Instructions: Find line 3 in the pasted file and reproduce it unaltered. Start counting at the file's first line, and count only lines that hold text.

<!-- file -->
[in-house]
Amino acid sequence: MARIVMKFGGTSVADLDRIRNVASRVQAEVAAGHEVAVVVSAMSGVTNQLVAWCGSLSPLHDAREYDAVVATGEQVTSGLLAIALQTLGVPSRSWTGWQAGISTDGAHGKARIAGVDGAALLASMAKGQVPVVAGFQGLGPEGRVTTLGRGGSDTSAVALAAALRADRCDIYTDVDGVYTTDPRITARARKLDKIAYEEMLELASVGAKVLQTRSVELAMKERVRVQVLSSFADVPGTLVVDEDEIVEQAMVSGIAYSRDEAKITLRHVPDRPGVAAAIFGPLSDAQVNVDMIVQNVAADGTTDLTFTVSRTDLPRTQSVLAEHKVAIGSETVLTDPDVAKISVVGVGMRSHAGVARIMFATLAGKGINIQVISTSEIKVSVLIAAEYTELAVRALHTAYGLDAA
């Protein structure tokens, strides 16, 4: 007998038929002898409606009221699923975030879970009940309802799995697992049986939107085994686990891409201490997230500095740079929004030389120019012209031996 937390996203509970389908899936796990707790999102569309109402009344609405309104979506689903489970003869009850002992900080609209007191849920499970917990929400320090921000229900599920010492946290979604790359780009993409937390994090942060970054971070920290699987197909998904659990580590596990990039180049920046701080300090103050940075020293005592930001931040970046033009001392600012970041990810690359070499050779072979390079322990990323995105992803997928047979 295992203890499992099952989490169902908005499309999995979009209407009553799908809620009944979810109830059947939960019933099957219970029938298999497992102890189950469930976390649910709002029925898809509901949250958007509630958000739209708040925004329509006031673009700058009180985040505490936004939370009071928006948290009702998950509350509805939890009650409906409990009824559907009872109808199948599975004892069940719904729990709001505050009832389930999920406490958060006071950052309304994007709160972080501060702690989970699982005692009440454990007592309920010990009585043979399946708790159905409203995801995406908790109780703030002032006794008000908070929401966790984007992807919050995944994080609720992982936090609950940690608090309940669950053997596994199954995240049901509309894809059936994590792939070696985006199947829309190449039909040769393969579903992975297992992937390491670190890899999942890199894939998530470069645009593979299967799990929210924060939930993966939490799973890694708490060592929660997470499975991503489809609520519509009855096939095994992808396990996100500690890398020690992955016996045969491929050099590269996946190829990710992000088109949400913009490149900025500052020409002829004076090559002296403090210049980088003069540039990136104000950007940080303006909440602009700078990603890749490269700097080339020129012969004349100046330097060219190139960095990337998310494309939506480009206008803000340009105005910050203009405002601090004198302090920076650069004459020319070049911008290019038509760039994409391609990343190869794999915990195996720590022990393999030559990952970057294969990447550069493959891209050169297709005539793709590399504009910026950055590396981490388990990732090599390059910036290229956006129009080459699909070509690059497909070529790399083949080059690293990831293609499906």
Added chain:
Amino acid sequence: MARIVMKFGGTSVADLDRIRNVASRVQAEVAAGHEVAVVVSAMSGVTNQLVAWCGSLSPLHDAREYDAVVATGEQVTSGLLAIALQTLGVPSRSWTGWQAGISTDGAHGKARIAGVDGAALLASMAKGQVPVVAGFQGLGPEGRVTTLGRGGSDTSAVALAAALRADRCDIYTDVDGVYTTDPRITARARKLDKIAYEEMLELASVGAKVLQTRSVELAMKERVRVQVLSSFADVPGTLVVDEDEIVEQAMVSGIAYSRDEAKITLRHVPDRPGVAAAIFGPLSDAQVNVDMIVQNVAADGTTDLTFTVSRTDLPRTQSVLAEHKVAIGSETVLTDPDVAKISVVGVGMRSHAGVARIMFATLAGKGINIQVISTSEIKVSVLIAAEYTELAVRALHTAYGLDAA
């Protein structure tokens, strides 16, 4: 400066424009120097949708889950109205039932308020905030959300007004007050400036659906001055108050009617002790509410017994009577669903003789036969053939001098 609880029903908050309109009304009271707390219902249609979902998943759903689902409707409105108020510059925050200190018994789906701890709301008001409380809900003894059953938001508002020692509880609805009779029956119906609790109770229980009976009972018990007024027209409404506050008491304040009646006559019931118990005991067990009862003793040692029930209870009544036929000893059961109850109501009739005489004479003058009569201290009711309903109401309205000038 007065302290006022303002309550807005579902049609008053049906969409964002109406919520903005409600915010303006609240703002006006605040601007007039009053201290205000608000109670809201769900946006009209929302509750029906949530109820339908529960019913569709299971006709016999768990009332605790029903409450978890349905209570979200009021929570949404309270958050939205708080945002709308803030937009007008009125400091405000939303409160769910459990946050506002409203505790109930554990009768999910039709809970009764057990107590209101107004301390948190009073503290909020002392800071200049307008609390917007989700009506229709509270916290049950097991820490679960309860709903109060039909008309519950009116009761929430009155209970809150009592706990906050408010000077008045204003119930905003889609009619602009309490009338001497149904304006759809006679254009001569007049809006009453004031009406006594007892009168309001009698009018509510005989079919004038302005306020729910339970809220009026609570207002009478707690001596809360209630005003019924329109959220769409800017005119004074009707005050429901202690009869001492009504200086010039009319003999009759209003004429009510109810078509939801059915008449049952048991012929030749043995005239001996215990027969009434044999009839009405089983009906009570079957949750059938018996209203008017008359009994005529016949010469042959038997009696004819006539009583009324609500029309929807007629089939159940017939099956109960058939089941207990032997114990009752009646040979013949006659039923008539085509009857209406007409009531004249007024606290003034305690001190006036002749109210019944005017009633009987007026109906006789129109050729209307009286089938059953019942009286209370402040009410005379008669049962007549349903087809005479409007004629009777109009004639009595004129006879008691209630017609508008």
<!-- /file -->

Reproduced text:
């Protein structure tokens, strides 16, 4: 007998038929002898409606009221699923975030879970009940309802799995697992049986939107085994686990891409201490997230500095740079929004030389120019012209031996 937390996203509970389908899936796990707790999102569309109402009344609405309104979506689903489970003869009850002992900080609209007191849920499970917990929400320090921000229900599920010492946290979604790359780009993409937390994090942060970054971070920290699987197909998904659990580590596990990039180049920046701080300090103050940075020293005592930001931040970046033009001392600012970041990810690359070499050779072979390079322990990323995105992803997928047979 295992203890499992099952989490169902908005499309999995979009209407009553799908809620009944979810109830059947939960019933099957219970029938298999497992102890189950469930976390649910709002029925898809509901949250958007509630958000739209708040925004329509006031673009700058009180985040505490936004939370009071928006948290009702998950509350509805939890009650409906409990009824559907009872109808199948599975004892069940719904729990709001505050009832389930999920406490958060006071950052309304994007709160972080501060702690989970699982005692009440454990007592309920010990009585043979399946708790159905409203995801995406908790109780703030002032006794008000908070929401966790984007992807919050995944994080609720992982936090609950940690608090309940669950053997596994199954995240049901509309894809059936994590792939070696985006199947829309190449039909040769393969579903992975297992992937390491670190890899999942890199894939998530470069645009593979299967799990929210924060939930993966939490799973890694708490060592929660997470499975991503489809609520519509009855096939095994992808396990996100500690890398020690992955016996045969491929050099590269996946190829990710992000088109949400913009490149900025500052020409002829004076090559002296403090210049980088003069540039990136104000950007940080303006909440602009700078990603890749490269700097080339020129012969004349100046330097060219190139960095990337998310494309939506480009206008803000340009105005910050203009405002601090004198302090920076650069004459020319070049911008290019038509760039994409391609990343190869794999915990195996720590022990393999030559990952970057294969990447550069493959891209050169297709005539793709590399504009910026950055590396981490388990990732090599390059910036290229956006129009080459699909070509690059497909070529790399083949080059690293990831293609499906």